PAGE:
IDEAS home Printed from
   My bibliography  Save this article

The Evolution of Elderly Poverty in Canada


  • Kevin Milligan


In this article, I extend the analysis of head-count measures of income and consumption poverty to all currently available microdata. Along with standard measures, I implement a relative poverty indicator using the well-being of working age families as a benchmark. I find that poverty among elderly families decreased sharply through the 1970s and 1980s. In the 1990s, relative measures of income poverty increased because non-elderly incomes have risen more quickly than elderly incomes. Since the 1980s, a sharp spike in income poverty has emerged between the ages of 55 and 64, with no counterpart in the consumption data.

Suggested Citation

  • Kevin Milligan, 2008. "The Evolution of Elderly Poverty in Canada," Canadian Public Policy, University of Toronto Press, vol. 34(s1), pages 79-94, November.
  • Handle: RePEc:cpp:issued:v:34:y:2008:i:s1:p:79-94

    Download full text from publisher

    To our knowledge, this item is not available for download. To find whether it is available, there are three options:
    1. Check below whether another version of this item is available online.
    2. Check on the provider's web page whether it is in fact available.
    3. Perform a search for a similarly titled item that would be available.

    Other versions of this item:

    References listed on IDEAS

    1. Michael Baker & Jonathan Gruber & Kevin S. Milligan, 2009. "Retirement Income Security and Well-Being in Canada," NBER Working Papers 14667, National Bureau of Economic Research, Inc.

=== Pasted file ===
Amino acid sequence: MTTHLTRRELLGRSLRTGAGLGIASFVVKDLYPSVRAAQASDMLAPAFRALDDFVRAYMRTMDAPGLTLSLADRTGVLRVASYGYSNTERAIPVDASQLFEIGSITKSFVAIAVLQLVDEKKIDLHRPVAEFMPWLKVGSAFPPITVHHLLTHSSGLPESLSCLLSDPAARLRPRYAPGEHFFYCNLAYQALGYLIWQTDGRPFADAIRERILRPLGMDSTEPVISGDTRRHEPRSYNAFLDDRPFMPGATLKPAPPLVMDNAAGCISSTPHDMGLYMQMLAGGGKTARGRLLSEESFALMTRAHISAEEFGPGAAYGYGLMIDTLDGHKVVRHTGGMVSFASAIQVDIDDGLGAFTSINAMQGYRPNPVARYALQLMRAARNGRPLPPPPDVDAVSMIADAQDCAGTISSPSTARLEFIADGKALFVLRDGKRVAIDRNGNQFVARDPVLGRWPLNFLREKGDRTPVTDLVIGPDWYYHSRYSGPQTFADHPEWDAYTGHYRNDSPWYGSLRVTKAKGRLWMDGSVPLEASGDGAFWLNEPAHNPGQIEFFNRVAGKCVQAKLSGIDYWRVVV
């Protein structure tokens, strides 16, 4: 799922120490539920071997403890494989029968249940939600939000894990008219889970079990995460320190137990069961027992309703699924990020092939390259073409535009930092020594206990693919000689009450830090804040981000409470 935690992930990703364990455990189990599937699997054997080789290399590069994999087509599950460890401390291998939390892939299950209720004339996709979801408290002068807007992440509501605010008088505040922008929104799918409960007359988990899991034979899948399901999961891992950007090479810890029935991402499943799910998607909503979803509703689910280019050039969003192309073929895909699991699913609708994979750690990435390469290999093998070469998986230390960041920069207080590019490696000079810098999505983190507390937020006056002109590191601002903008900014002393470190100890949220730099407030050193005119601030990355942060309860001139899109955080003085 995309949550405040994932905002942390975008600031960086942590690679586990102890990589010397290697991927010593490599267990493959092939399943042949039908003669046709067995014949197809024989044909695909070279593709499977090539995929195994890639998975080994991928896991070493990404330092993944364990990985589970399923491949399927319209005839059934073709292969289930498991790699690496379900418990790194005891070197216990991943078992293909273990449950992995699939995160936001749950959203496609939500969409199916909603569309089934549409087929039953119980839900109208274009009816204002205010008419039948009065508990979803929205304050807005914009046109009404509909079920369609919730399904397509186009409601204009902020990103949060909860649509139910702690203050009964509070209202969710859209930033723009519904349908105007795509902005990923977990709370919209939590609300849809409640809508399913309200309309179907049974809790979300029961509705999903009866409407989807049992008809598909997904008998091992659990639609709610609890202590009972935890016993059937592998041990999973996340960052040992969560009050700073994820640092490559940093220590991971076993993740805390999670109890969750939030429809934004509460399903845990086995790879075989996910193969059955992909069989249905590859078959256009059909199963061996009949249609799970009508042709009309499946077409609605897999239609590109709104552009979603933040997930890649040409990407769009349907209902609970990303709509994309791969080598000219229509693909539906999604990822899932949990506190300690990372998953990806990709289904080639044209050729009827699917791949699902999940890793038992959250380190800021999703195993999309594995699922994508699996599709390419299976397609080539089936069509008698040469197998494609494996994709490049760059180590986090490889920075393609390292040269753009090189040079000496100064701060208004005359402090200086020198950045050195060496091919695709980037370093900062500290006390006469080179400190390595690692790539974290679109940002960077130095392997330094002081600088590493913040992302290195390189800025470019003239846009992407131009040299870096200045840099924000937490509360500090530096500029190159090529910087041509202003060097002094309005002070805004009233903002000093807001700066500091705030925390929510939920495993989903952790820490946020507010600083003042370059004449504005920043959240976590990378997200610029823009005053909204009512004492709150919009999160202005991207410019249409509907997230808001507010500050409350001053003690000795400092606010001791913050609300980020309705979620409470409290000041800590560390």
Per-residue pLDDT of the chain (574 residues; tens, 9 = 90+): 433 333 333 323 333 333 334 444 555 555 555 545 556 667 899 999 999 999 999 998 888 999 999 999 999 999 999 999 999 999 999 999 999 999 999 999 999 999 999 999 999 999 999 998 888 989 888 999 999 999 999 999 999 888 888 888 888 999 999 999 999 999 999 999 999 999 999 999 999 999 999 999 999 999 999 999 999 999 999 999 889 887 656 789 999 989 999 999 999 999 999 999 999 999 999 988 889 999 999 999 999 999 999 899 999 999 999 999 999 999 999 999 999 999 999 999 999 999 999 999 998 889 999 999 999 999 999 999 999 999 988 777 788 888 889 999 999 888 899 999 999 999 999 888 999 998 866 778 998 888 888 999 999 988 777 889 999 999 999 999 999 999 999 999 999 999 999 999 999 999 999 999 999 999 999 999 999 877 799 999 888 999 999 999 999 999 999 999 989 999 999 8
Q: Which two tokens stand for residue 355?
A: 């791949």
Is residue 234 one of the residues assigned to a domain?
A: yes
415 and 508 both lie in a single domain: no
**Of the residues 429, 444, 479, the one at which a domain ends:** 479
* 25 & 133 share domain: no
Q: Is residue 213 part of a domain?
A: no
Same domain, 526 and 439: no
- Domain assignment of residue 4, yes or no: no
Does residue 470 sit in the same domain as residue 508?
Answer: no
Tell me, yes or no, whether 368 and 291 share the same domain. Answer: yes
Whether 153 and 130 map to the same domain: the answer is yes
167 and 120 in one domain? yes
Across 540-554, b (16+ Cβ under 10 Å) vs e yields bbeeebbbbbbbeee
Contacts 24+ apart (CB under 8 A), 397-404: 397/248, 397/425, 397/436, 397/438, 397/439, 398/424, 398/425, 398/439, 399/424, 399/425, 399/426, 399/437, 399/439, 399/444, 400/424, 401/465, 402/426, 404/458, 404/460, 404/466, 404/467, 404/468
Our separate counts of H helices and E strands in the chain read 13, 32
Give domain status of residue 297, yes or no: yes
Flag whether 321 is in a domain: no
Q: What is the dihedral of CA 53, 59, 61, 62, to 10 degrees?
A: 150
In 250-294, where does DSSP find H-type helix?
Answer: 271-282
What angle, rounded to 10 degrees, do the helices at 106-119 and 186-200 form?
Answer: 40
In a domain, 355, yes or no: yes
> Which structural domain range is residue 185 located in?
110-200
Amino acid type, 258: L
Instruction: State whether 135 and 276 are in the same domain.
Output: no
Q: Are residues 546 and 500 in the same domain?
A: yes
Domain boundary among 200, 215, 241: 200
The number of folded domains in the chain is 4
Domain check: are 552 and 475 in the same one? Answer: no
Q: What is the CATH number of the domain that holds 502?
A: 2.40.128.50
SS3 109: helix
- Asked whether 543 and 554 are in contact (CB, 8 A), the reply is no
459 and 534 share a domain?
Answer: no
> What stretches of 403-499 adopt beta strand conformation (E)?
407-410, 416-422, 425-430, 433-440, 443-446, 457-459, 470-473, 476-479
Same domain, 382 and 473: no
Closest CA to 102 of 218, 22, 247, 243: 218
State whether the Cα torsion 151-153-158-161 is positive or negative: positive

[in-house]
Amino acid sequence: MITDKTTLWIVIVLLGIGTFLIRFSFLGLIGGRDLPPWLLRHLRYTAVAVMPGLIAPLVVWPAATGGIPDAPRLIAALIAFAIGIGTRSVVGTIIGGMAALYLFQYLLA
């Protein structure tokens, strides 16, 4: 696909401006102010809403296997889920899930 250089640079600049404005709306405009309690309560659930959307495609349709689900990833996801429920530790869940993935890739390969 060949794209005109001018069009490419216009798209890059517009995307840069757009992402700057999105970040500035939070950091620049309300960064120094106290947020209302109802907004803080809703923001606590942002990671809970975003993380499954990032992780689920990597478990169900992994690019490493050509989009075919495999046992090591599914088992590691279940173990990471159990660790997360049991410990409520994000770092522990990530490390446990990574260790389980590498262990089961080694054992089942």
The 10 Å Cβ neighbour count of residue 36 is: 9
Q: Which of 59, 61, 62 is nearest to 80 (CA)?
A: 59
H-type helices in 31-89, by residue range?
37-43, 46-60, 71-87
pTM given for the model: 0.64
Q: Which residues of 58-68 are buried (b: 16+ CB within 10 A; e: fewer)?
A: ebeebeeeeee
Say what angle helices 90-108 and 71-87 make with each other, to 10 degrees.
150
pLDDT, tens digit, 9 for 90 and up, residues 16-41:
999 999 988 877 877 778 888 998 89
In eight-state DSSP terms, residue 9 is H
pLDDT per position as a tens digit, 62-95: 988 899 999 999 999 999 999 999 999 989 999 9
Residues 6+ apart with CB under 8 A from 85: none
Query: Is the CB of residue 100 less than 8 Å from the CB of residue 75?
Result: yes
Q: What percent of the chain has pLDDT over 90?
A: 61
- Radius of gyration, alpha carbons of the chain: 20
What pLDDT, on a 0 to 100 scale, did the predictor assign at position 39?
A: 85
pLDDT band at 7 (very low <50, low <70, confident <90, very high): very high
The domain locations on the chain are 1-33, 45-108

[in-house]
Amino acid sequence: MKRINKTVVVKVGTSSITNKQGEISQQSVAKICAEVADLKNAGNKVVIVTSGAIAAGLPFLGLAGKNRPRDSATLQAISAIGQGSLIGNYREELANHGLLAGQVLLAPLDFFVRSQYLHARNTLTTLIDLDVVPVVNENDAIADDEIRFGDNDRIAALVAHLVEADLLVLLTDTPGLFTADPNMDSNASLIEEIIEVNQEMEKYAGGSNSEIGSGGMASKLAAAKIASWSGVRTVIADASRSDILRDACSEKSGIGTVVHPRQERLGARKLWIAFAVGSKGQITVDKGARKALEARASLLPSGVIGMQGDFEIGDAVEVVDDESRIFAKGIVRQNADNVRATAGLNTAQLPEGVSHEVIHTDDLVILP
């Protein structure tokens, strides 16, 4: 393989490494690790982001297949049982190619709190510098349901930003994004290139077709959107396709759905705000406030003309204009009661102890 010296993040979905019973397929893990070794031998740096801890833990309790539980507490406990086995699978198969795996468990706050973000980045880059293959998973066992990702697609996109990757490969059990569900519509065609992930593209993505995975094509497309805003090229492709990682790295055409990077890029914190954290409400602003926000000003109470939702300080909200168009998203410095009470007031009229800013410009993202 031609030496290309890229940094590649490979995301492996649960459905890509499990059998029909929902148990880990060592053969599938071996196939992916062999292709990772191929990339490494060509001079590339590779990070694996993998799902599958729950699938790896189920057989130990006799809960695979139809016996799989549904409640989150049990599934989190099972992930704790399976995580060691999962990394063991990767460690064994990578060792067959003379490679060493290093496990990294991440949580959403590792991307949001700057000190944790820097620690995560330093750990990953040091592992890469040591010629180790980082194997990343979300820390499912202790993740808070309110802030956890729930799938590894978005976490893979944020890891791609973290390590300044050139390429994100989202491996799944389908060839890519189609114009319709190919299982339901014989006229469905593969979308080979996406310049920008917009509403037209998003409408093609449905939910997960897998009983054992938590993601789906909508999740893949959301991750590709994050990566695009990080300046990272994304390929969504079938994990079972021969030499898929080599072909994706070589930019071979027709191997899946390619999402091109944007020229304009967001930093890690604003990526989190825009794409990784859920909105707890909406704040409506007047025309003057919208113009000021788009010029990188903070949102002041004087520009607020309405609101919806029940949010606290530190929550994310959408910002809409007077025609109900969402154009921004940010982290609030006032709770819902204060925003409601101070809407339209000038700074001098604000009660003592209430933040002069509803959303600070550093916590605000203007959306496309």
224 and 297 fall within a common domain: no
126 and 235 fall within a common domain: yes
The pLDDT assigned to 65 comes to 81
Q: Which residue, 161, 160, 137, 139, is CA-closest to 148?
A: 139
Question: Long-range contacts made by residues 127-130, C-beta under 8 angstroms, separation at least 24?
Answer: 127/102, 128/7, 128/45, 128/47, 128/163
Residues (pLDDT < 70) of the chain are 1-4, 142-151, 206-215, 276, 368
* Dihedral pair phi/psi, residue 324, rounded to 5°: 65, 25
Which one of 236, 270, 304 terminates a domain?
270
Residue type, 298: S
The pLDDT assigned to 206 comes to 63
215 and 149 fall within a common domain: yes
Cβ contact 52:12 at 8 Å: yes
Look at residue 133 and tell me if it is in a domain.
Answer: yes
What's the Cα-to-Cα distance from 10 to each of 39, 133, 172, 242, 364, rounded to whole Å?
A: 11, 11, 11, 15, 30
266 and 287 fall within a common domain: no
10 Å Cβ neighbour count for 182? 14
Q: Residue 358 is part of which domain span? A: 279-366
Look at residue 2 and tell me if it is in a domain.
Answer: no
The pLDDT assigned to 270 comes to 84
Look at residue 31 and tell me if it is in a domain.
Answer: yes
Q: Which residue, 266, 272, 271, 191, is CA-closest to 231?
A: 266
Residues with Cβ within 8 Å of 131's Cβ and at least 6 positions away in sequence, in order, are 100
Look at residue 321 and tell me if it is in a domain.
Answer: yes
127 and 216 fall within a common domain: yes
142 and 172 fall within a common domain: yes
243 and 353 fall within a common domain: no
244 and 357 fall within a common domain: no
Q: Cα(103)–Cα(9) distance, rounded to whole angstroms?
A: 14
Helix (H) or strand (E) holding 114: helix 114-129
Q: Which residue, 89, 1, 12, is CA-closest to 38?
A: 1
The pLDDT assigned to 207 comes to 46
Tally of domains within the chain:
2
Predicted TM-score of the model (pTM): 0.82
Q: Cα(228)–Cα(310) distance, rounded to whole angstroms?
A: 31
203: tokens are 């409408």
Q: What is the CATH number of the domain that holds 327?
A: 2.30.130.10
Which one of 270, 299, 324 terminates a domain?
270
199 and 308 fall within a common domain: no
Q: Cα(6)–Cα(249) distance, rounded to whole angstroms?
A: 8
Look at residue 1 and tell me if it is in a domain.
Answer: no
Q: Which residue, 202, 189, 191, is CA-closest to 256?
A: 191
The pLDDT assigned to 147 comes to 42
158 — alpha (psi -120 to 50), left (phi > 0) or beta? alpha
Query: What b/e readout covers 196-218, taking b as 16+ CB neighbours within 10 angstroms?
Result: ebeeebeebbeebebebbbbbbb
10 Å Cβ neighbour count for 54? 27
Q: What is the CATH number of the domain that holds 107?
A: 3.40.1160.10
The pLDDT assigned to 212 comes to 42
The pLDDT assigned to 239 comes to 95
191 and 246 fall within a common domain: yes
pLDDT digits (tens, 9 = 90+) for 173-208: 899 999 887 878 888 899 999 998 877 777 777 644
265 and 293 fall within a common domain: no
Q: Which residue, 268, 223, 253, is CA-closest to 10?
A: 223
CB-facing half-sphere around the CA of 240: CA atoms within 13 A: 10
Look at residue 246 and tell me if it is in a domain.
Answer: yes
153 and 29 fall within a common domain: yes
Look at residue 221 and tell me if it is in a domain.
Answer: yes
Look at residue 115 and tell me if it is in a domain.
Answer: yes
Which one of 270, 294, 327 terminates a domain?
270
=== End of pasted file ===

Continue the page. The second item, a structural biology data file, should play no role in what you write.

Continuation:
2. Kevin Milligan, 2005. "Life-cycle asset accumulation and allocation in Canada," Canadian Journal of Economics, Canadian Economics Association, vol. 38(3), pages 1057-1106, August.
    3. Thomas F. Crossley & Krishna Pendakur, 2002. "Consumption Inequality," Department of Economics Working Papers 2002-09, McMaster University.
    4. Marc Frenette & David A. Green & Kevin Milligan, 2007. "The tale of the tails: Canadian income inequality in the 1980s and 1990s," Canadian Journal of Economics, Canadian Economics Association, vol. 40(3), pages 734-764, August.
    5. Lars Osberg, 2001. "Poverty Among Senior Citizens: A Canadian Success Story," The State of Economics in Canada: Festschrift in Honour of David Slater,in: Patrick Grady & Andrew Sharpe (ed.), The State of Economics in Canada: Festschrift in Honour of David Slater, pages 151-181 Centre for the Study of Living Standards.
    6. Thomas F. Crossley & Lori J. Curtis, 2006. "Child Poverty In Canada," Review of Income and Wealth, International Association for Research in Income and Wealth, vol. 52(2), pages 237-260, June.
    7. Agneta Stark & Nancy Folbre & Lois Shaw & Timothy Smeeding & Susanna Sandstrom & Lois Shaw & Sunhwa Lee & Kyunghee Chung, 2005. "Poverty And Income Maintenance In Old Age: A Cross-National View Of Low Income Older Women / Growing Old In The Us: Gender And Income Adequacy / Gender And Aging In South Korea," Feminist Economics, Taylor & Francis Journals, vol. 11(2), pages 163-197.
    8. Johnson, Paul & Stears, Gary, 1998. "Why Are Older Pensioners Poorer?," Oxford Bulletin of Economics and Statistics, Department of Economics, University of Oxford, vol. 60(3), pages 271-290, August.
    9. Krishna Pendakur, 2001. "Consumption Poverty in Canada, 1969 to 1998," Canadian Public Policy, University of Toronto Press, vol. 27(2), pages 125-149, June.
    Full references (including those not matched with items on IDEAS)


    Citations are extracted by the CitEc Project, subscribe to its RSS feed for this item.

    Cited by:

    1. Kees Goudswaard & Olaf van Vliet & Jim Been & Koen Caminada, 2012. "Pensions and Income Inequality in Old Age," ifo DICE Report, ifo Institute - Leibniz Institute for Economic Research at the University of Munich, vol. 10(4), pages 21-26, December.
    2. Marchand, J. & Smeeding, T., 2016. "Poverty and Aging," Handbook of the Economics of Population Aging, Elsevier.
      • Marchand, Joseph & Smeeding, Timothy, 2016. "Poverty and Aging," Working Papers 2016-11, University of Alberta, Department of Economics, revised 20 Nov 2016.
    3. repec:ces:ifodic:v:10:y:2012:i:4:p:19074538 is not listed on IDEAS